US banking regulators are working on climate risk management guidelines, official says


An aerial view of the floating ice taken by a drone launched from Greenpeace’s Arctic Sunrise ship in the Arctic Ocean on September 15, 2020. Photo taken on September 15, 2020. REUTERS / Natalie Thomas

WASHINGTON, Sept. 15 (Reuters) – U.S. banking regulators are working on new climate risk management guidelines for major lenders, a senior official said on Wednesday, in another sign of efforts to incorporate risks posed by rising lenders. temperatures in the financial rules.

Acting Currency Comptroller Michael Hsu said his agency was working on the guidance in collaboration with other bank regulators to help lenders manage the physical and transitional risks that climate change poses to the financial system.

Climate change could disrupt the financial system, as threats such as sea level rise, along with carbon-neutral policies and technologies aimed at slowing global warming, could destroy billions of dollars in assets, according to risk experts.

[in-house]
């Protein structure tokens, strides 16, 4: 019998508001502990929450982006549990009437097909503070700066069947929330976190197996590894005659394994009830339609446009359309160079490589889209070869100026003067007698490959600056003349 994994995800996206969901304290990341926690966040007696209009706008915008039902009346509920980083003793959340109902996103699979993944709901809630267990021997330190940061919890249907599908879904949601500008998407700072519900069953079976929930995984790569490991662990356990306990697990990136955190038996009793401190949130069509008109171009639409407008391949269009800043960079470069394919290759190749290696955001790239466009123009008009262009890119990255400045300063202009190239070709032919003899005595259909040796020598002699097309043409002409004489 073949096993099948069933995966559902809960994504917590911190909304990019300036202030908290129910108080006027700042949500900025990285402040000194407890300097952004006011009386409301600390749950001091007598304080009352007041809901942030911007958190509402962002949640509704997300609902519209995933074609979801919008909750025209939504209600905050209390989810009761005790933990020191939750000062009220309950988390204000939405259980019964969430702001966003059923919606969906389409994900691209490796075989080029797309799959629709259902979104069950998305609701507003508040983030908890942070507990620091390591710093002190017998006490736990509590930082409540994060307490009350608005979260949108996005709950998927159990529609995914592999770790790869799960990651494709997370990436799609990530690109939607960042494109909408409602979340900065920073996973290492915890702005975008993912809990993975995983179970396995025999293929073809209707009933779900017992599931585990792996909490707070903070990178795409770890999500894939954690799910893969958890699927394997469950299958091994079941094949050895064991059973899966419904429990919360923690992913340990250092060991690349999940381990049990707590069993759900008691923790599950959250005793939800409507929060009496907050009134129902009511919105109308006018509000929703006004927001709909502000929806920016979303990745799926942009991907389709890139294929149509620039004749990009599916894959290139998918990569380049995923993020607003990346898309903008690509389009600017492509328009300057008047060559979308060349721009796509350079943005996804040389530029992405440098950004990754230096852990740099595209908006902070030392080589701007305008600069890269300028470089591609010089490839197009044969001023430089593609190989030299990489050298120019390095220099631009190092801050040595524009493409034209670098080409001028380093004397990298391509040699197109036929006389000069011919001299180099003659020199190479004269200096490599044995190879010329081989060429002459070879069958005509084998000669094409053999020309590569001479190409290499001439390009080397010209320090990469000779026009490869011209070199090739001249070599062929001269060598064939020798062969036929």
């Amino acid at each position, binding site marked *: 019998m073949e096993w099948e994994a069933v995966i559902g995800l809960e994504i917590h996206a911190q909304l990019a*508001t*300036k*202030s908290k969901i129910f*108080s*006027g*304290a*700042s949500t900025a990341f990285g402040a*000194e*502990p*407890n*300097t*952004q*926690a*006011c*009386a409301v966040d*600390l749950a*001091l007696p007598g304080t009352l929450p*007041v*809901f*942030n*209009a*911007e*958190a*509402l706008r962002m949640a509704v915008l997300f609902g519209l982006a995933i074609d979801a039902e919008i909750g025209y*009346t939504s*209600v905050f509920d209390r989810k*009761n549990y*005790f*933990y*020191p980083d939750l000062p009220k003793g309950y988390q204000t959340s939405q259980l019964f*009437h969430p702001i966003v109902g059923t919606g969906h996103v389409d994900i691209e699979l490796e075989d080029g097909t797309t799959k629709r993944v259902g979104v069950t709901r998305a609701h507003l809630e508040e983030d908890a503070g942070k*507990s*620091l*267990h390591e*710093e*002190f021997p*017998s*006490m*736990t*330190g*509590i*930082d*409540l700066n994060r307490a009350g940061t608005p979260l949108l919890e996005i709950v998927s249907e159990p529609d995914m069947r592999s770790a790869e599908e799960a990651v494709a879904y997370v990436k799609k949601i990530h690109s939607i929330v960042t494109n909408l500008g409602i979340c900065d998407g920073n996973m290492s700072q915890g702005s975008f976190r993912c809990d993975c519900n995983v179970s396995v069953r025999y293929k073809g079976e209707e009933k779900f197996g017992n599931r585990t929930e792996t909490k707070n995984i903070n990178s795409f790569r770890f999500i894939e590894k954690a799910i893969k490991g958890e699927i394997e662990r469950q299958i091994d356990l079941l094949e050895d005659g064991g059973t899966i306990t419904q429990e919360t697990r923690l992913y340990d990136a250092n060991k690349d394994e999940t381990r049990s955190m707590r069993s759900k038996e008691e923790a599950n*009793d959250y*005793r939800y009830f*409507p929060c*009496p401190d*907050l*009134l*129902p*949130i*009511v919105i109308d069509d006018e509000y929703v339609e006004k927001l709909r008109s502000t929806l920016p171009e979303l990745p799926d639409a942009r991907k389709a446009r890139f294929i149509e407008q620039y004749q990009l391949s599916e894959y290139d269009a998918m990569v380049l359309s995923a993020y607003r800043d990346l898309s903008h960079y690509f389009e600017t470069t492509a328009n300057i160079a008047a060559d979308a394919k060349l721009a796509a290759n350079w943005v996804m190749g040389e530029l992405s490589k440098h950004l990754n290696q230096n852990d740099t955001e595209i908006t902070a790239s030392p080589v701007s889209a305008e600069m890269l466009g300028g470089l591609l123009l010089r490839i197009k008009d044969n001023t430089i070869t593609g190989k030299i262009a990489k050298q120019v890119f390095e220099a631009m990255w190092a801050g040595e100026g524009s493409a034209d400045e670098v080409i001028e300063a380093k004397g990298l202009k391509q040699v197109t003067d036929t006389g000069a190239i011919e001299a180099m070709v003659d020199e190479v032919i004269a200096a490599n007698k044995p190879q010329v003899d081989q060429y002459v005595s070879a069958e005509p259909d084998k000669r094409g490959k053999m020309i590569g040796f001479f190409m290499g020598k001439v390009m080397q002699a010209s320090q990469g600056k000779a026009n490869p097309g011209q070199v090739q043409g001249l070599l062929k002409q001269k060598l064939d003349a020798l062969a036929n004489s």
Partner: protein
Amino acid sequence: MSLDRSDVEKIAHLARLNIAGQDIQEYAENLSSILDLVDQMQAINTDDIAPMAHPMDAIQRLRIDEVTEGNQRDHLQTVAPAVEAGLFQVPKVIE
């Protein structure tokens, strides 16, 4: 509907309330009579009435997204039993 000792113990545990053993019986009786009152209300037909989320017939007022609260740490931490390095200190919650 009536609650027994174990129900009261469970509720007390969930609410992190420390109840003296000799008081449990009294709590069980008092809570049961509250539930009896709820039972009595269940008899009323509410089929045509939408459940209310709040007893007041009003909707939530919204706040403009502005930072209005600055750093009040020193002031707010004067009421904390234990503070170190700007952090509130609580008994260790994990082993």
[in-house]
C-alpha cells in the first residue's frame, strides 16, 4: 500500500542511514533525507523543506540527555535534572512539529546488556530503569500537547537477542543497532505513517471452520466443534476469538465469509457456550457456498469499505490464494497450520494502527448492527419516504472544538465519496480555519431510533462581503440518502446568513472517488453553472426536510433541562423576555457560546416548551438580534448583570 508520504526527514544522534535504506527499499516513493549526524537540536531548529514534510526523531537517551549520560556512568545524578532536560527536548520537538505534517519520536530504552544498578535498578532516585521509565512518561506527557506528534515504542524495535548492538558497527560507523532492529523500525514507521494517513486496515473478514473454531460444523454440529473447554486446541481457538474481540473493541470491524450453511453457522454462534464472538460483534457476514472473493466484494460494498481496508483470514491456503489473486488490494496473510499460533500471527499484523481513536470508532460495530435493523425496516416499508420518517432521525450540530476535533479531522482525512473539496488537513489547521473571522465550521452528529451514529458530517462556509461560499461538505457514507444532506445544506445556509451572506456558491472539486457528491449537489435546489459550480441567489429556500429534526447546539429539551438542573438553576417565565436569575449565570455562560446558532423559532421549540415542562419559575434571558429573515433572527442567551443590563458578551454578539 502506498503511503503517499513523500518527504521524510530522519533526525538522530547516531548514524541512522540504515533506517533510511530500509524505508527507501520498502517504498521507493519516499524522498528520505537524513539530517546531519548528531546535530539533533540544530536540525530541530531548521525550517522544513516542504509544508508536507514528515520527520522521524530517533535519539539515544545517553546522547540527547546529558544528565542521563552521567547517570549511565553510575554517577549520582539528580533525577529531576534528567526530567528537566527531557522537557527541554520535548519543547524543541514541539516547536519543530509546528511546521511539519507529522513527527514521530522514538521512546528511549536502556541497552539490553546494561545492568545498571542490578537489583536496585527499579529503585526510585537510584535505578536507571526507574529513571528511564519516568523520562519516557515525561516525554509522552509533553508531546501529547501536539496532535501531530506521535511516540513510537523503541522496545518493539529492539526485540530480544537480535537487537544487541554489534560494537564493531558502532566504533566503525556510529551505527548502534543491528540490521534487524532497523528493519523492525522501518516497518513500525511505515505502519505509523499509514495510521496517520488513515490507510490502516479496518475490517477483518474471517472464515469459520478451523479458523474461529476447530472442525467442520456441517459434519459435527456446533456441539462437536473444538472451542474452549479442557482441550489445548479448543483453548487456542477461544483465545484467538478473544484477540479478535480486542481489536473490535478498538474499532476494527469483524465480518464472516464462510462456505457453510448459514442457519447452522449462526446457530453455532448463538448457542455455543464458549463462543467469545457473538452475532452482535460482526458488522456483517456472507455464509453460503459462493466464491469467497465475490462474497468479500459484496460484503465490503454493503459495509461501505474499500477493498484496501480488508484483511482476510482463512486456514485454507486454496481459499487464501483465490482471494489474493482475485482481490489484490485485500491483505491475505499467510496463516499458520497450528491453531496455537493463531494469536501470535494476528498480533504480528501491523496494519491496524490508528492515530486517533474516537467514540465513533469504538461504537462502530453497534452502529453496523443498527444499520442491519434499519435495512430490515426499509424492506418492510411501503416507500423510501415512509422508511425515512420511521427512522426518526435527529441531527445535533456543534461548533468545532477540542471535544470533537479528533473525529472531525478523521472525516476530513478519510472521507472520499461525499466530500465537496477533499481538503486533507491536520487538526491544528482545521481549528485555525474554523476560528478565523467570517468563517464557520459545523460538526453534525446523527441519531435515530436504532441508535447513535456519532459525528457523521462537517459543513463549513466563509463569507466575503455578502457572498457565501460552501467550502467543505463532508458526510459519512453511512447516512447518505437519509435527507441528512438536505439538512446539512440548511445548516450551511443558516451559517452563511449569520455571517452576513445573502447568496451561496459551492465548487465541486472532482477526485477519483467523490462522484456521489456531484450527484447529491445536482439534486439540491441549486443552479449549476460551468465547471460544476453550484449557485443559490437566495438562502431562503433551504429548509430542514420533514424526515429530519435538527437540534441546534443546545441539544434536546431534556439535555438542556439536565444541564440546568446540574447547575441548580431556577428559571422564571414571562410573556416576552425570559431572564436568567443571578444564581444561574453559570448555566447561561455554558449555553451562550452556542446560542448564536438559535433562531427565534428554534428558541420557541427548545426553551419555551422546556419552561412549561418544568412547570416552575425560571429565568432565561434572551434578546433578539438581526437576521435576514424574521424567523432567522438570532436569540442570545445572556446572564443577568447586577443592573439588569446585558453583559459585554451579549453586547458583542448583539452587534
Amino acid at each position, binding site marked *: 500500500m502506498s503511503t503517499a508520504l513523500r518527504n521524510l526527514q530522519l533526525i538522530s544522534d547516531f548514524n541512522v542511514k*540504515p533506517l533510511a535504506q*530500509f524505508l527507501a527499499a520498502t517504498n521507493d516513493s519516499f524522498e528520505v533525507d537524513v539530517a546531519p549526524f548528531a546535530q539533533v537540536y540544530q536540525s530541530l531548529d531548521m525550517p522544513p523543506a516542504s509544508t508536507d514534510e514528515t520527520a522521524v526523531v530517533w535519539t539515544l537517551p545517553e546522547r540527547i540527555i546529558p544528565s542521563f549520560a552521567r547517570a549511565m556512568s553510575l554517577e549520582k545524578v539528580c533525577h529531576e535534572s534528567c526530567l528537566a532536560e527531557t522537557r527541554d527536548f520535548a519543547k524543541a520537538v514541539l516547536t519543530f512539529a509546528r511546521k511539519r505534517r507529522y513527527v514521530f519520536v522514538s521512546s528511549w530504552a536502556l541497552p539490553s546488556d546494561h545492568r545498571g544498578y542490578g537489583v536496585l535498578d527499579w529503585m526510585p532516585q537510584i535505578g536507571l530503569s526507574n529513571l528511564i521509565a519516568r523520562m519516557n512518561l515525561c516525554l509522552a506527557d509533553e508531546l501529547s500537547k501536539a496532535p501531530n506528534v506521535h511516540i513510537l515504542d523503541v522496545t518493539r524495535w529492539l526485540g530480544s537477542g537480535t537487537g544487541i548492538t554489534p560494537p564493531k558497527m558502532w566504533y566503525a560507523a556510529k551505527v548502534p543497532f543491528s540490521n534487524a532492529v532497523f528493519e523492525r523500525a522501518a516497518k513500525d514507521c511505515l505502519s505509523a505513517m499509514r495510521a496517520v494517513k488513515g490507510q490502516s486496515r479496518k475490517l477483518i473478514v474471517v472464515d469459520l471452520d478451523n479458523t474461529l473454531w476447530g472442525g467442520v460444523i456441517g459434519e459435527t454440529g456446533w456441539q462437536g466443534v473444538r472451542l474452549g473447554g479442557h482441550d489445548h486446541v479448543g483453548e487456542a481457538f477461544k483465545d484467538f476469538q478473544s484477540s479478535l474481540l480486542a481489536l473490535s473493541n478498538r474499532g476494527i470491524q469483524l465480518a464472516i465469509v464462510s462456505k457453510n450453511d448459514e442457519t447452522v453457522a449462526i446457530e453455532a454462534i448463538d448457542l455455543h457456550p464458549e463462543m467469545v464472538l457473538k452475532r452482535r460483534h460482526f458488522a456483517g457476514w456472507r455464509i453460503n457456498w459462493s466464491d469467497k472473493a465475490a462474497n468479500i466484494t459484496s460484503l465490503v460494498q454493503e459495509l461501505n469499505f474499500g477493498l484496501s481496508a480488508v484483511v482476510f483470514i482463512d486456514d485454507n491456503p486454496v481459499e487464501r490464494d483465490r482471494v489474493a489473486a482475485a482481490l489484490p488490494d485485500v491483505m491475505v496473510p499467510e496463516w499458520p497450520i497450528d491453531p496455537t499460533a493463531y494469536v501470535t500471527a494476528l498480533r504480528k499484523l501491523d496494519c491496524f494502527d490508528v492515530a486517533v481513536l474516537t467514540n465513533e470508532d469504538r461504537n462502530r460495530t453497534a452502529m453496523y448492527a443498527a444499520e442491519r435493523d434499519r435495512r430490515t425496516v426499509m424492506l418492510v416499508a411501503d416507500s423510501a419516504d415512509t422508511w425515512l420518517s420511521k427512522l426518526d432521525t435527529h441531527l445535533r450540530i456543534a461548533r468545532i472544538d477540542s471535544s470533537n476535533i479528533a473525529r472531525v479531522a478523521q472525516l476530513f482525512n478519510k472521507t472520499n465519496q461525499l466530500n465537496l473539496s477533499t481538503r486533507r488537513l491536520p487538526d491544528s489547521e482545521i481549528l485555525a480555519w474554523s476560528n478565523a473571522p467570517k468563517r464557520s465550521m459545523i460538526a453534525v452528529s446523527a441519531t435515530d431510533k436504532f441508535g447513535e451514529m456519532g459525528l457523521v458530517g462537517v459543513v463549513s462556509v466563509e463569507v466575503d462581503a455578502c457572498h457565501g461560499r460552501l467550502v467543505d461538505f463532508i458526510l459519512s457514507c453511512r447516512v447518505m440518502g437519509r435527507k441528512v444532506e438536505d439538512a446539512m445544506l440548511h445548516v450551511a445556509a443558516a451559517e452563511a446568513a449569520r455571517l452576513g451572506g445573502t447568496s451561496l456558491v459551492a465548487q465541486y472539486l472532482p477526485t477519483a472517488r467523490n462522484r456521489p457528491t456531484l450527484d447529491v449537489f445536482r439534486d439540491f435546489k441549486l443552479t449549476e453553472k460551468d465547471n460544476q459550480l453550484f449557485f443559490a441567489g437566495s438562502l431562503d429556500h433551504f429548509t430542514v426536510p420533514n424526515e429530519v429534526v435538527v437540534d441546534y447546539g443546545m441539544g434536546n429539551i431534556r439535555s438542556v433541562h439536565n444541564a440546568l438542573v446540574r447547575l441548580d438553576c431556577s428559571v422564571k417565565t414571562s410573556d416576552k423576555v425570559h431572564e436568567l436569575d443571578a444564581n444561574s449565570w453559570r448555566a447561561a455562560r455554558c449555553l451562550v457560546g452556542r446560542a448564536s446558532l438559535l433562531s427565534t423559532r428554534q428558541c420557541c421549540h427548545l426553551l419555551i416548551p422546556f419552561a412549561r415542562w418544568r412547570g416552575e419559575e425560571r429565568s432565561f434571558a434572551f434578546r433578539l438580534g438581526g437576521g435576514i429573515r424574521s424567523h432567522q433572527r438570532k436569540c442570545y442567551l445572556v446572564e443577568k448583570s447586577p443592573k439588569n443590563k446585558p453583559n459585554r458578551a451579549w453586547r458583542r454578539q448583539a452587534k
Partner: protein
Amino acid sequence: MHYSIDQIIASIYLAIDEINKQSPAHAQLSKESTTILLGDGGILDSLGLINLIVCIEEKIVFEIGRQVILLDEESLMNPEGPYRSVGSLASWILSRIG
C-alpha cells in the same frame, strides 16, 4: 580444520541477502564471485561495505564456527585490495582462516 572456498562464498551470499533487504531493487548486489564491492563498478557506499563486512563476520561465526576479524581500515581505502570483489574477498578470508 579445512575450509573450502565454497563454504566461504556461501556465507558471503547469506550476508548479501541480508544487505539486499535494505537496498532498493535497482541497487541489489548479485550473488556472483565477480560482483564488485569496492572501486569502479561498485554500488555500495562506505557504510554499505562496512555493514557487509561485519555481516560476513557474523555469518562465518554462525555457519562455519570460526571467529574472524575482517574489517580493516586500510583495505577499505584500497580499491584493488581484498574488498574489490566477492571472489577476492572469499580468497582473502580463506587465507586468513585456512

“Climate change presents an existential risk to society and the associated financial risks pose a risk to the safety and soundness of banks. To preserve confidence, banks and regulators must start acting now,” Hsu said at the time. of a speech in Washington.

The Federal Reserve has asked lenders to provide information on the measures they are taking to mitigate climate change risks to their balance sheets, Reuters reported in May. Since then, Fed officials have said they will consider testing bank balance sheets against weather scenarios.

Hsu’s comments are the first to suggest, however, that regulators are working on broader guidelines that could affect a much broader set of lenders nationwide and the companies they do business with. While guidance does not have the same legal weight as a formal rule, it is often as effective and can be implemented much faster, according to lawyers.

Reporting by Michelle Price; Editing by Cynthia Osterman

Our standards: Thomson Reuters Trust Principles.

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